If there is one piece of kit that every chef, home cook, amateur/pro should seriously invest in, it is a decent set of knives. But knives are a very personal thing; everybody has their own preference and budget.
I have a set of Sabatier knives which I have had for nearly 8 years now and I still use them regularly, but I also have an eclectic mixture of knives which I have picked up over the years which include Victorinox & Global and they all get used for various different culinary jobs, but knife fashion changes over the years so I wanted to see what was out there....
So Franco at Knives.co.uk sent me 2 Chefs Knives to try out and see what I think. My thoughts and conclusions are set out below, starting with the Chroma Type 301.
If knives were sexy, then this knife is the Megan Fox of knives it is absolutely stunning, but is it a case of style over substance. Here is what Chroma say about their Type 301 range:
"F.A Porsche worked alongside the famous Austrian chef Joerg Woerther to create a modern masterpiece, its ergonomic handle is just one of the reasons this knife has won countless awards. The handle of the Type 301 by F.A. Porsche is constructed of 18/10 stainless steel, and the blade is made of high-quality Japanese 301 steel. The blade of each knife is carefully sharpened by the hand of a knife master and a special grinding method is used, so the knife stays sharp longer and is easier to sharpen in the kitchen"
The knife for me is perfectly balanced, and although the handle does take some getting used to, after a few hours using the knife just comes naturally, although picking up a normal knife afterwards does seem a bit strange. The blade is very sharp and copes well with all manner of jobs around the kitchen, and I found sharpening the knife easy enough, although Chroma recommends that you use a whetstone instead of a steel.
So all in all I was very impressed with the Type 301.
Here is what Chroma have to say about their Haiku Original range:
"In Japan, the art of the sword smith has a long tradition. Today HAIKU knives are manufactured in small Japanese knife factories out of high-grade modern steel. Borrowing from an ancient method, a bamboo peg ("mekugi") is inserted from the side into every HAIKU knife where the tang and handle are joined for added stability.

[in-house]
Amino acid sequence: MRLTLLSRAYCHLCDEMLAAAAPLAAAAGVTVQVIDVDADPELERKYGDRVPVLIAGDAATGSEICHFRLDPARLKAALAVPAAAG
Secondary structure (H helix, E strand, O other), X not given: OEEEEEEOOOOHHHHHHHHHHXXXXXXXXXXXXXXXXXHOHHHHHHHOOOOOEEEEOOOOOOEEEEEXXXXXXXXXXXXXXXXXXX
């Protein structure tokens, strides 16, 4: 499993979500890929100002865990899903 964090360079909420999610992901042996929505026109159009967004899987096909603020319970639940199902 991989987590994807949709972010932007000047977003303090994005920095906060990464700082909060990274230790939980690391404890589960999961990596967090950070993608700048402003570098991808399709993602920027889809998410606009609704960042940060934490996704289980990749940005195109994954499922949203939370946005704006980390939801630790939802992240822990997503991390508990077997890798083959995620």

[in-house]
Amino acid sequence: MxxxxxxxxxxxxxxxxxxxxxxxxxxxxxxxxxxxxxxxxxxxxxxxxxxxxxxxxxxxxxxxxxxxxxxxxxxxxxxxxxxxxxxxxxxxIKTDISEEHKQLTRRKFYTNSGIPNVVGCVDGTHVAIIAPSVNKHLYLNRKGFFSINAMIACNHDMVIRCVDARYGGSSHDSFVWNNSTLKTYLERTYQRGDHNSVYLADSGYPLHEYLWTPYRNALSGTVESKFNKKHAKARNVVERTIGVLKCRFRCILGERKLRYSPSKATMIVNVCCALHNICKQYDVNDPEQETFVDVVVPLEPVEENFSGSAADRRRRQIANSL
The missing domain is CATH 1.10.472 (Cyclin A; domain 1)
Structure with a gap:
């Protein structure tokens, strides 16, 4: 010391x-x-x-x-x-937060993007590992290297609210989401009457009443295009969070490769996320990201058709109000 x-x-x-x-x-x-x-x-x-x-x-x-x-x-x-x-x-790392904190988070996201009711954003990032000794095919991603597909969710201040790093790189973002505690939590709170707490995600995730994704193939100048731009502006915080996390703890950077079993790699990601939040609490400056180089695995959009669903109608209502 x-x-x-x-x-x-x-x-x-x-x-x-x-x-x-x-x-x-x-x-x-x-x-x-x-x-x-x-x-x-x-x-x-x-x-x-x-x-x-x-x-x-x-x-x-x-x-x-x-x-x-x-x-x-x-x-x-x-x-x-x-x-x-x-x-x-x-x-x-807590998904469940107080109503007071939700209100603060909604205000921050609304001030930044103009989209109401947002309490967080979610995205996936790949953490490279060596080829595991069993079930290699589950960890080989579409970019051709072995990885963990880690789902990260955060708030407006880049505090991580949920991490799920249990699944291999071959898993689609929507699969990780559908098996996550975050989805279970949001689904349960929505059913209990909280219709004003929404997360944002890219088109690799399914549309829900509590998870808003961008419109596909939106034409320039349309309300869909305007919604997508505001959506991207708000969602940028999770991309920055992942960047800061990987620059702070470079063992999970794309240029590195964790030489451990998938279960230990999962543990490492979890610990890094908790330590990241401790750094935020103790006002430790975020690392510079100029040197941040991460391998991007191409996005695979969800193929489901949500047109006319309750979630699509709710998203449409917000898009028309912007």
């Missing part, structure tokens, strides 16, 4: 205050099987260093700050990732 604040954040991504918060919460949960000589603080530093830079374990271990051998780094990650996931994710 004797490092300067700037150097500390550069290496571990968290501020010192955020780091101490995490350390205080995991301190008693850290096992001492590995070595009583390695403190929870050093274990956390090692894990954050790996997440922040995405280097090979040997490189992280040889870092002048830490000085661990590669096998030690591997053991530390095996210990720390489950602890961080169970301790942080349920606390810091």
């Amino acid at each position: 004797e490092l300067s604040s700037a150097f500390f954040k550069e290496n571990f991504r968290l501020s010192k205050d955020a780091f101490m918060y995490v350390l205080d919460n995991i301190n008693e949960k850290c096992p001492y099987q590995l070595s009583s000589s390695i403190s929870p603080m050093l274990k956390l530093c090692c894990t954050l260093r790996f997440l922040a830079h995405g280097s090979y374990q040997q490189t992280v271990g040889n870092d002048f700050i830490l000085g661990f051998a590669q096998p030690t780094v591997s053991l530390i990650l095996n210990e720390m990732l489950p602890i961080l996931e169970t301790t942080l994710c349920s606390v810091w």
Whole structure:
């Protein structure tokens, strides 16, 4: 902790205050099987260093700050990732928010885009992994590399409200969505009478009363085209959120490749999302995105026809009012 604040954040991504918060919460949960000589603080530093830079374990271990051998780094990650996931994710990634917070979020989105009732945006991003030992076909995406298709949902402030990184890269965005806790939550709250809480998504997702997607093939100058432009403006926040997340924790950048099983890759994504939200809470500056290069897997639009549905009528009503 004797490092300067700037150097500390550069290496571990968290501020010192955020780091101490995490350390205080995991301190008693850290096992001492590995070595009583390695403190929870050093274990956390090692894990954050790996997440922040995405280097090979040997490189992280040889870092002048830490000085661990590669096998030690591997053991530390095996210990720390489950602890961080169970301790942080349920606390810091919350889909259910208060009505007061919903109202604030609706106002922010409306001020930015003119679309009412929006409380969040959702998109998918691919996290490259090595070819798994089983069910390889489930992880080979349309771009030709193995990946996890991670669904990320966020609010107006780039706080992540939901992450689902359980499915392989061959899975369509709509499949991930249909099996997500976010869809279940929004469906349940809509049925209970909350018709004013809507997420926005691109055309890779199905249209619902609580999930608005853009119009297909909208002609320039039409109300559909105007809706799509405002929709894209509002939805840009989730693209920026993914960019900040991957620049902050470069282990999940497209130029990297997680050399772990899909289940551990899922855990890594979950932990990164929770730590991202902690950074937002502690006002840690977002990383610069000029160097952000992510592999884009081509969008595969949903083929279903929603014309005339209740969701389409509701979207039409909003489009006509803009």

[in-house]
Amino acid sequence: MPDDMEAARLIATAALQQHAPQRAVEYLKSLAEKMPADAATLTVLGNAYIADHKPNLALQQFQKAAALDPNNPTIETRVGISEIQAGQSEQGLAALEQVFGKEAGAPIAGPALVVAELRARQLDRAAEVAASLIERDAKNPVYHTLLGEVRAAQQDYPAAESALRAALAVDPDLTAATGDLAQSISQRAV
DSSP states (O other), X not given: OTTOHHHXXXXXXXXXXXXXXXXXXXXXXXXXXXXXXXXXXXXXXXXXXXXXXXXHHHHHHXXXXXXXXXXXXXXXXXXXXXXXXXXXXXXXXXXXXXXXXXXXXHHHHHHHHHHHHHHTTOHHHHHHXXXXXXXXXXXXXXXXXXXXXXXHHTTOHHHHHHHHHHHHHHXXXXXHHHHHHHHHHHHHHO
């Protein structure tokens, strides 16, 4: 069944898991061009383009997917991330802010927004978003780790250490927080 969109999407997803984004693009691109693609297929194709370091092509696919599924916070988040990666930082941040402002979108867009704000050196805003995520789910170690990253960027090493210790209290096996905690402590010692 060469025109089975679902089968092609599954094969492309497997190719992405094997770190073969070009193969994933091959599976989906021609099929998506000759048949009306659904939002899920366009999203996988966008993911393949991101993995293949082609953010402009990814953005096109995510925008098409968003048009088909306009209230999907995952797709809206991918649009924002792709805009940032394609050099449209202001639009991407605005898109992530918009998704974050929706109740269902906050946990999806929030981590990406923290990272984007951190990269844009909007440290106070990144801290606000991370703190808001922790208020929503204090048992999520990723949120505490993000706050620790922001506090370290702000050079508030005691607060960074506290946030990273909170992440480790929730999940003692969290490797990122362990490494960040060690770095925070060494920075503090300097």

To this day, traditional sword smiths in Japan use this time-tested technique when crafting swords like those once used by the samurai of medieval Japan.
Haiku are the preferred choice in culinary competitions due to their symmetry, lightness and the unique comfort of the wooden handle. For repetitive use in busy kitchens Haiku is the only option.
HAIKU - the Japanese knife with the honoki-wood handle."
After the grand unboxing of the Type 301, I was a little downhearted with the Haiku as the packaging was not as grand, but once I had taken off the cardboard sheath from the blade I was happy again, because this knife is extremely sharp, it is fair to say that this blade is the sharpest on a knife I have used yet.
The Haiku does not look as strong as the 301, but it handled exactly the same jobs admirably, and because the knife is very light I found it easier for fine dicing and for chiffonading than the 301.
Again it is recommended that you use a whetstone to sharpen this knife and not a steel.
Both of these knives are amazing, but as I stated above, knives are a very personal thing and after using these knives for a few weeks now I find myself drawn to the Type 301, I think that it is mainly because of the size, weight and feel of the knife I absolutely love using it, the Haiku for me is just to light but after speaking to some chefs they prefer the lighter style of knife.
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